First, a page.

A private ruling is a written expression of opinion by the Commissioner of Taxation (the Commissioner) about the way in which tax laws and other specified laws administered by the Commissioner would apply to, or be administered in relation to, an entity in relation to a specified scheme.
The required information and documentation that accompany a private ruling request must be sufficient for the Commissioner to make a private ruling and include:
- the entity to whom the ruling is to apply
- the facts describing the relevant scheme or circumstance
- relevant supporting documents such as transaction documents
- issues and questions raised relate to the relevant provision to which the ruling relates, and
- your arguments and references on such questions.
The Commissioner may request additional information to make a ruling. The Commissioner will then consider the request and either issue or, in certain limited circumstances, refuse to issue a private ruling.
To further improve the administration of the private rulings system, we publish all notices of private rulings for public record on the Legal database.
Private rulings are published in an edited form to safeguard taxpayer privacy.
Private ruling applicants are invited to provide a statement detailing any information they believe should be removed from the published version of their private ruling.
If the information the applicant wants removed is more than simply names and addresses, reasons why publication of this information will breach the applicant’s privacy should be provided.
Before publication, applicants can comment on the edited version of their private ruling.
Generally, taxpayers can object to adverse private rulings or a failure to make a private ruling in much the same way that they can object to assessments. They can refer to a review of adverse objection decisions on a private ruling by the Administrative Appeals Tribunal (AAT) or a court. An explanation of review rights and how to exercise them is issued with the private ruling.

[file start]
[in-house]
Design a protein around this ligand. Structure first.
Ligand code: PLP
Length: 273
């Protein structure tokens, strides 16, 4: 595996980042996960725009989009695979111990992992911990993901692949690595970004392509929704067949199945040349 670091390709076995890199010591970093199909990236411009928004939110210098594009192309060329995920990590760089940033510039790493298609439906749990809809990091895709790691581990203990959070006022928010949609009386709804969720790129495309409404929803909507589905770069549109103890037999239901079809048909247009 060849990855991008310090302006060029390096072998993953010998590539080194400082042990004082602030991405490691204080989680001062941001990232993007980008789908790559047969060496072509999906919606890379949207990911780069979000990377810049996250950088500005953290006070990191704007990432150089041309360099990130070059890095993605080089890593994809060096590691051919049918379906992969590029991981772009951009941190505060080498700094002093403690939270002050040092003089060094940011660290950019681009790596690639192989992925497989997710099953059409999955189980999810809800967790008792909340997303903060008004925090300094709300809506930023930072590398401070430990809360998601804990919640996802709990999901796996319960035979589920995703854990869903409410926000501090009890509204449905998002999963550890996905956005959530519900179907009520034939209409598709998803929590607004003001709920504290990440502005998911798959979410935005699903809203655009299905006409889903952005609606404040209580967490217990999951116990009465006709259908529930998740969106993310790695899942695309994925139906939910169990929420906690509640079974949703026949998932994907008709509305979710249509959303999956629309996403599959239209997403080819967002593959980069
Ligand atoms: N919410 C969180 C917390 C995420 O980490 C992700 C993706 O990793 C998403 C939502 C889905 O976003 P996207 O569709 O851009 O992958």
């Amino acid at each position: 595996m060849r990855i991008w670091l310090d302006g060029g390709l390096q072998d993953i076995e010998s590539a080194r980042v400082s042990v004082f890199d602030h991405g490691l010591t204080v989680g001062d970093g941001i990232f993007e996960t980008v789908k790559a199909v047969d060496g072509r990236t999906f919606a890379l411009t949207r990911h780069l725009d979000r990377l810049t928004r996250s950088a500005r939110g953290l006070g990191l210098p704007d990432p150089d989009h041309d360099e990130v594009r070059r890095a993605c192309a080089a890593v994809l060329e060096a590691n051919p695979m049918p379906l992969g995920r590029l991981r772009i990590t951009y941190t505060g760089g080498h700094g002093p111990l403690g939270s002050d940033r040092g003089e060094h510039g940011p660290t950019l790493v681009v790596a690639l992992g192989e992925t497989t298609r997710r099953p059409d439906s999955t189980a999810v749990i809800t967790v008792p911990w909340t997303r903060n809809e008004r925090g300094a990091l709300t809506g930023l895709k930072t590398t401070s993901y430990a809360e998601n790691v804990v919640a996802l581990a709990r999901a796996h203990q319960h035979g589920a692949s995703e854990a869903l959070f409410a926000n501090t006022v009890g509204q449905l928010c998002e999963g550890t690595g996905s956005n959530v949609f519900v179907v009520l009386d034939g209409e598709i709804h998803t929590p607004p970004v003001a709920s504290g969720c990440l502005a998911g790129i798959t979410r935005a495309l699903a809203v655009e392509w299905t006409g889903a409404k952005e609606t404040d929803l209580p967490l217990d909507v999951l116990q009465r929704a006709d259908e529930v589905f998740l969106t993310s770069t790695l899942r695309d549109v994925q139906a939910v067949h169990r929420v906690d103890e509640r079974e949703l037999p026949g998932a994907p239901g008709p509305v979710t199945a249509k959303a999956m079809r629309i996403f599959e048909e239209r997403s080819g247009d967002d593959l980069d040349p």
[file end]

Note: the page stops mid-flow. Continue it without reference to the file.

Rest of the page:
A taxpayer cannot object to a private ruling if an assessment has occurred covering the same facts and issues. The taxpayer could, of course, object to the assessment.
Where a taxpayer has objected to a private ruling the taxpayer cannot object to a later assessment about the same matter ruled on, unless the facts have changed.
Private rulings dealing with the ITAA 1936 continue to apply to the ITAA 1997, to the extent that the old law to which the ruling applies expresses the same ideas as the new law in the ITAA 1997.
For more information on how to object to private rulings and assessments, including the item limits within which those objections have to be made, go to How to apply for a private ruling.
When rulings are binding
A private ruling is binding on the Commissioner where it applies to an entity and the entity has relied on the ruling by acting (or omitting to act) in accordance with the private ruling. An entity can stop relying on a private ruling at any time (unless prevented by a time limit imposed by a taxation law) by acting (or omitting to act) in a way that is not in accordance with the private ruling, and can subsequently resume relying on the private ruling by acting accordingly. The Commissioner cannot withdraw a private ruling. However, where the scheme to which a private ruling relates has not begun to be carried out and where the private ruling relates to an income year or other accounting period, and that period has not begun, the Commissioner can make a revised private ruling.